“Every affection and every disturbance of the stomach influences, in a greater or less degree, every organ and every function of the body,” said the Reverend Sylvester Graham in 1832. A culinary crusader, dietary fanatic, and the 17th child of a 72-year-old Presbyterian minister from Connecticut, Graham was arguably the world’s first biohacker.
Long before calorie counting machines or bulletproof coffee were invented, he was advancing the idea that humans could control their existence by altering their eating habits. But unlike today’s dietary obsessives, it wasn’t just health or longevity, or even efficiency, that Graham and his band of devotees sought. It was a higher state of moral being.
Of all the body’s “functions,” one obsessed Graham more than any other: sex. Appalled by what he saw as the “venereal excess” of 19th century society, he believed men and women should have intercourse just once a month and that masturbation—or “self abuse”—caused diabetes and insanity by inflaming the brain.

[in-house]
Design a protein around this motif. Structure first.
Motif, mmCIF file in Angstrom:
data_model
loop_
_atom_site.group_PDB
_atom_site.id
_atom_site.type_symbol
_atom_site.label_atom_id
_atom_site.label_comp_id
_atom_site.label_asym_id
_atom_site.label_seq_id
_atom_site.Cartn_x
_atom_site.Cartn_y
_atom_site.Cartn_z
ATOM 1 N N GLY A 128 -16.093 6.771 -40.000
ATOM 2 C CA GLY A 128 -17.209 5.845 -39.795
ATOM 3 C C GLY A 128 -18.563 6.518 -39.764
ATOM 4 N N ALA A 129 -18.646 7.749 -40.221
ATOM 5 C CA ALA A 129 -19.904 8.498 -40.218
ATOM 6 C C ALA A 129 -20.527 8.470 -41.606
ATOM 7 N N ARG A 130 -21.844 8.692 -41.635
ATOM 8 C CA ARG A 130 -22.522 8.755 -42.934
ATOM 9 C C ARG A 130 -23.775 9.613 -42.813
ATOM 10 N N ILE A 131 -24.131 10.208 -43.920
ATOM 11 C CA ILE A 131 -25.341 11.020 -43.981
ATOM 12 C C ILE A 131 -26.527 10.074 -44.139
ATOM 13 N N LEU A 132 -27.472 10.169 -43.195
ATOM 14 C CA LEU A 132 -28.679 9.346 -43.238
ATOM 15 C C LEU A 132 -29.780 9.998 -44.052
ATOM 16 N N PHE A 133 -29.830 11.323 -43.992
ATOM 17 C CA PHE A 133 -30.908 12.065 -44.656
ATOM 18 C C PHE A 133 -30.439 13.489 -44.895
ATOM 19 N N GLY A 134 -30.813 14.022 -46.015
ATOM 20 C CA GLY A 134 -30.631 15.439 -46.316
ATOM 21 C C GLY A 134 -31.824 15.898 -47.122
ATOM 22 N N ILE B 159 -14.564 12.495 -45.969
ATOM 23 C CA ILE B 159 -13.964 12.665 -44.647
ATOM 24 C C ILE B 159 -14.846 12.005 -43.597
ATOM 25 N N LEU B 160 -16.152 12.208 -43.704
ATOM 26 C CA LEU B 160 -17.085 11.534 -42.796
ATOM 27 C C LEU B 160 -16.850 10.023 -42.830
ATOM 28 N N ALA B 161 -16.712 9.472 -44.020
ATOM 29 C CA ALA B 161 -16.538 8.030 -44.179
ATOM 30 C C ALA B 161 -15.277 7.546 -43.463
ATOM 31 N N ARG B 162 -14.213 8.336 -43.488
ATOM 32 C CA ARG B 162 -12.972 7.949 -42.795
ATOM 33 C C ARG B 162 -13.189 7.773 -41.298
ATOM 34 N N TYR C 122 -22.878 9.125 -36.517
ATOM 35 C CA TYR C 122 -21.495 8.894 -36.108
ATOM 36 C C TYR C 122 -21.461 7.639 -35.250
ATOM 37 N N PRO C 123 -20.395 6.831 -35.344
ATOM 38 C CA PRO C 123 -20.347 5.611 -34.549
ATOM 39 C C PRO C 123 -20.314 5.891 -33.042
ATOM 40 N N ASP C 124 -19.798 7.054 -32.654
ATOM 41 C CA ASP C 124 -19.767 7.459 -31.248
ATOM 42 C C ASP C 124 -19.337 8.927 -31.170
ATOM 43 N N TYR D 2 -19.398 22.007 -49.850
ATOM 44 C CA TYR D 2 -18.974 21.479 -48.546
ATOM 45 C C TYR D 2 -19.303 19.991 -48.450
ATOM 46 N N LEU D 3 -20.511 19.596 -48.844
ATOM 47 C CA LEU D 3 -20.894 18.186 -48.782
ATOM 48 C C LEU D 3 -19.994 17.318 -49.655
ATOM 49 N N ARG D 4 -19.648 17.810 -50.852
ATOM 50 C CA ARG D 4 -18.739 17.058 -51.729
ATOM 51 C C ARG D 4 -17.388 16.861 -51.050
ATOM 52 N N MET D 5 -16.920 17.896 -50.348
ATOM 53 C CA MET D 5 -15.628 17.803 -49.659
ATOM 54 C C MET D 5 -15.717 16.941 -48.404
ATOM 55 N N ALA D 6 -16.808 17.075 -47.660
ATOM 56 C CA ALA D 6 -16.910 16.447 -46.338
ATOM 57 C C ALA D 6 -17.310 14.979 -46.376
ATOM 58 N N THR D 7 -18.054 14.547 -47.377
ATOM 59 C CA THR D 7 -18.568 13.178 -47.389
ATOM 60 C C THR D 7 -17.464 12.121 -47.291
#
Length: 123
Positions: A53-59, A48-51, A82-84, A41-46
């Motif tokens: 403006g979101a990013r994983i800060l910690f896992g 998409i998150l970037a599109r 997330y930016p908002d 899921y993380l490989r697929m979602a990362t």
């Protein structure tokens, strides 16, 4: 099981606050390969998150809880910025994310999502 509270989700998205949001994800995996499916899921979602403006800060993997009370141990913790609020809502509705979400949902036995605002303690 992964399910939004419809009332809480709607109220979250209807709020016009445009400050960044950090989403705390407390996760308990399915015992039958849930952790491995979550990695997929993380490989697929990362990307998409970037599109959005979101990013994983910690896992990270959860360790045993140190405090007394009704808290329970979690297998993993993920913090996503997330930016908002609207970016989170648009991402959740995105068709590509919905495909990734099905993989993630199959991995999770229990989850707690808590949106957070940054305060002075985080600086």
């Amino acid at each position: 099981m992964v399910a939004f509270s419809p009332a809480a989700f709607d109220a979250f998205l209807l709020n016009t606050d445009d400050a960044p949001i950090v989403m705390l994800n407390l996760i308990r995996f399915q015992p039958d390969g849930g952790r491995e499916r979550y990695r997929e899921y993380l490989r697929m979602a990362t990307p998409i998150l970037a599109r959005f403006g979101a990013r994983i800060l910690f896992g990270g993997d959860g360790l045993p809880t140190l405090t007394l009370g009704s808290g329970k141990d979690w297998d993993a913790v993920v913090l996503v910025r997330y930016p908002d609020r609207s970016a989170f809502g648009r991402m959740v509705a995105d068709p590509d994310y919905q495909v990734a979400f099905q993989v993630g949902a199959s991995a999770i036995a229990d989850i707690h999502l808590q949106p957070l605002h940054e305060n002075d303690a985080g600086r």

His solution? The Graham Diet, a carefully-calibrated eating plan designed to soothe sexual urges and purify the soul.
Heavy, fatty and meaty meals were forbidden. Pepper, salt, and spice were also off limits. “Stimulating and heating substances, high-seasoned food, rich dishes, the free use of flesh… increase the concupiscent excitability and sensibility of the genital organs,” wrote Graham.
Instead, he recommended eating fresh fruits, vegetables, and grains. Milk, eggs, and cheese were to be consumed only in moderation. Coffee and tea were “poisonous.” Butter, a staple of today’s bulletproof coffee-loving biohackers, was to be used sparingly.
This Spartan diet was accompanied by a precise set of instructions. Meals, he advised, should be taken two or three times a day, at six hour intervals, and in small portions. Water—“the only drink that God has made for man”—should be drunk 20-30 minutes beforehand, not while eating. Food must be thoroughly chewed to prevent tooth decay and ease digestion. Moderation was key. Eating to excess was “one of the greatest sources of evil to the human family in civic life”, and part of a self-perpetuating vicious cycle of immoral yearning. A poor diet brought on lust; lust brought on greed.
He singled out one food in particular for criticism: bread. He deplored the methods used by commercial bakers to whiten loaves. The addition of chemicals such as alum, chalk, and copper sulphate represented a corruption of “the most important article of diet which enters into the food of man,” turning it into “the most miserable trash that can be imagined.”